• This is what’s taught in the “Pilot’s Handbook”

NACA 0012, M ∞ = 0.345,  = 3.930

D = Df+ Dp + Dw

D = total drag on airfoil

Df = skin friction drag

Dp = pressure drag due to

flow separation

Dw = wave drag (for transonic

and supersonic flows)

• The flow at the surface of the airfoil adheres to the surface (“no-slip condition”)

• A “boundary layer” is created-a thin viscous region near the airfoil surface

• Friction of the air at the surface creates a shear stress

• The velocity profile in the boundary layer goes from zero at the wall to 99% of the free-stream value

•  =  (dV/dy)wall

•  is the dynamic viscosity of air [3.73 (10) -7 sl/f/s]

• Two types of viscous flows

• Laminar

• Streamlines are smooth and regular

• Fluid element moves smoothly along streamline

• Produces less drag

• Turbulent

• Streamlines break up

• Fluid element moves in a random, irregular and tortuous fashion

• Produces more drag

• w laminar < w turbulent

• Reynolds Number

• Rex =  V∞ x / 

• Ratio of inertia to viscous forces

Boundary Layer Thickness(Flat Plate)

• Laminar Flow

•  = 5 x / Rex1/2

• Turbulent Flow

•  = 0.16 x / Rex1/7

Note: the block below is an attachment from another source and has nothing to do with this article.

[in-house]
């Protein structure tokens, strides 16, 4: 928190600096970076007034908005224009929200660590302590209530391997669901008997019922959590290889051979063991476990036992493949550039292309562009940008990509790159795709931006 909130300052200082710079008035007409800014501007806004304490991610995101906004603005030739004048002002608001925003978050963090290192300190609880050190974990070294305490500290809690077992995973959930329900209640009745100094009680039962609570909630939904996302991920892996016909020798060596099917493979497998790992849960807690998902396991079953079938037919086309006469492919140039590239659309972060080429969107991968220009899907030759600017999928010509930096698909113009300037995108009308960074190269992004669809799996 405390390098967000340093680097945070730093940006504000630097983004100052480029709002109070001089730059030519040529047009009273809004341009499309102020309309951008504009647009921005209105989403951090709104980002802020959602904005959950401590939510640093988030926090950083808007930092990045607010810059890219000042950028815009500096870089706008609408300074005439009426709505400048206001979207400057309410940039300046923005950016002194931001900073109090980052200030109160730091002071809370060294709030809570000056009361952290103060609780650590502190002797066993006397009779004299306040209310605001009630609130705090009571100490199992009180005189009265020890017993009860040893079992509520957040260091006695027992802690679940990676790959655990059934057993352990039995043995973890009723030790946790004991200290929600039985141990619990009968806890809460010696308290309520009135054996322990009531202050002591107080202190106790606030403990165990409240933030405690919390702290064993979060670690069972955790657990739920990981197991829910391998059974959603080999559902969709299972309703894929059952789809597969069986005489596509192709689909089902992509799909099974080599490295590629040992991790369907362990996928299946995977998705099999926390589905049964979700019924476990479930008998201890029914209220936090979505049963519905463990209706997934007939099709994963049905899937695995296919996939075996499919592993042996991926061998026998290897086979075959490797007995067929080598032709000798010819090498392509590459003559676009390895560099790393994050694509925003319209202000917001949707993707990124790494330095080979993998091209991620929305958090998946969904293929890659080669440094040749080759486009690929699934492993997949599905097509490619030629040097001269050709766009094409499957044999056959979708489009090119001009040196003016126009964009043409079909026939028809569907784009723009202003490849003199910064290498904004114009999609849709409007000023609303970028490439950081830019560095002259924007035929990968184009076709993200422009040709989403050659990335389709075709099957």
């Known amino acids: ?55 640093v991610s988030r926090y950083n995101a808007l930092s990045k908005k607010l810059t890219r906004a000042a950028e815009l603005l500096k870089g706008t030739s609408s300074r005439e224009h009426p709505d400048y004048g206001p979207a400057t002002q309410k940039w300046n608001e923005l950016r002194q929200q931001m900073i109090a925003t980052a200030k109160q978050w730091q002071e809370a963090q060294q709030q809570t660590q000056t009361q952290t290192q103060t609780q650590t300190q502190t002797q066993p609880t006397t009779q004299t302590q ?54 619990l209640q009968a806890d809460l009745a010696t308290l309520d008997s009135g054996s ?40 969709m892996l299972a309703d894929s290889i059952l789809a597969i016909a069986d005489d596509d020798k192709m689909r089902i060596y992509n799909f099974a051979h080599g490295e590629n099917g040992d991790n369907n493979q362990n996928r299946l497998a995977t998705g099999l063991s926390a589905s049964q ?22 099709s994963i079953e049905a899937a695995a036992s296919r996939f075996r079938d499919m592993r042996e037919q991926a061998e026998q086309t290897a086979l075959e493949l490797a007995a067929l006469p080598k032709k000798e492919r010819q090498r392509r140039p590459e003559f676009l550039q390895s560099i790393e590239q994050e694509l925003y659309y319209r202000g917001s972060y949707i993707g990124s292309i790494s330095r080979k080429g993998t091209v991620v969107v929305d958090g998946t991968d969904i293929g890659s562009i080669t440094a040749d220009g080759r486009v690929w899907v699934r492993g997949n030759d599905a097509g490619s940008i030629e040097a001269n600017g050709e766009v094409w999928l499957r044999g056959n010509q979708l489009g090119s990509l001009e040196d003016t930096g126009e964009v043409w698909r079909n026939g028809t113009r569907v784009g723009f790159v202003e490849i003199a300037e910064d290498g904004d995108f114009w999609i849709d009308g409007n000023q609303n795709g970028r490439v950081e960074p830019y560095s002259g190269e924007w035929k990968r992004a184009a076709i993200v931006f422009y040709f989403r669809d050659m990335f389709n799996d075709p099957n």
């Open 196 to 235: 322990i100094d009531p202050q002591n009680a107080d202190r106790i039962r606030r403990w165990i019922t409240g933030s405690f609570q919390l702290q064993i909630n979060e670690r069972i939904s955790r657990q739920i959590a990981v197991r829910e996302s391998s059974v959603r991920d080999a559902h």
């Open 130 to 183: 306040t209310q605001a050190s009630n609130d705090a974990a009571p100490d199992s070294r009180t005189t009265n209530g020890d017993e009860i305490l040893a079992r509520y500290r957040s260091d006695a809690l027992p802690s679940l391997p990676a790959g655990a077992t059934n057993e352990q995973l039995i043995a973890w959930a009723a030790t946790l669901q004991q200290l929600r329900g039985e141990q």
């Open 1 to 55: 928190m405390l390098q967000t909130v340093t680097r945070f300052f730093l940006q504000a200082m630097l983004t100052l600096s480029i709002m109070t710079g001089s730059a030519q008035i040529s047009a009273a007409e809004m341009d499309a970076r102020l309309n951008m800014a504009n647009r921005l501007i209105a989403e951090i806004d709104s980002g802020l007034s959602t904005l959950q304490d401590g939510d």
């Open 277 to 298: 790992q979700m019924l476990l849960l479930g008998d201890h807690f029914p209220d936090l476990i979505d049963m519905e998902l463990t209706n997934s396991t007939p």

• Turbulent Flow-Tripped B.L.

•  = 0.37 x / Rex1/5

• Example: Chord = 5 f, V∞ = 150 MPH, Sea Level

• Rex = 6,962,025

•  = 0.114 inches Laminar B.L.

•  = 1.011 inches Turbulent B.L.

•  = 7.049 inches Tripped Turbulent B.L.

AR = b2 / S

Di = L sin i

CD,I = CL2/ (e AR)

• Occurs during landing and takeoff

• Gives a feeling of “floating” or “riding on a cushion of air” between wing and ground

• In fact, there is no cushion of air

• Its effect is to increase the lift of the wing and reduce the induced drag

• The ground diminishes the strength of the wing tip vortices and reduces the amount of downwash

• The effective angle of attack is increased and lift increases

Ground Effect(Concluded)

• Mathematically Speaking

• L = 1/2  ∞V∞2S CL

• An increased angle of attack, increases CL

• Hence L is increased

• D = 1/2 ∞ V∞2 S [CD,0 +  CL2/( e AR)]

• CD,0is the zero lift drag (parasite)

•  CL2/( e AR) is the induced drag

• e is the span efficiency factor

•  = (16 h / b)2 / [1 + (16 h / b)2 ]

• b is the wingspan

• h is the height of the wing above the ground

• Wings are bent upward through an angle , called the dihedral angle

• Dihedral provides lateral stability, i.e., an airplane in a bank will return to its equilibrium position

• This is a result of the lift on the higher wing being less than the lift on the lower wing providing a restoring rolling moment

D = Df+ Dp + Dw + Di

D = total drag on wing

Df = skin friction drag

Dp = pressure drag due to

flow separation

Dw = wave drag (for transonic

and supersonic flows)

Di = Induced drag (drag due to

lift)

Drag of a Wing(Continued)

• Induced drag - drag due to lift

• Parasite drag - drag due to non-lifting surfaces

• Profile drag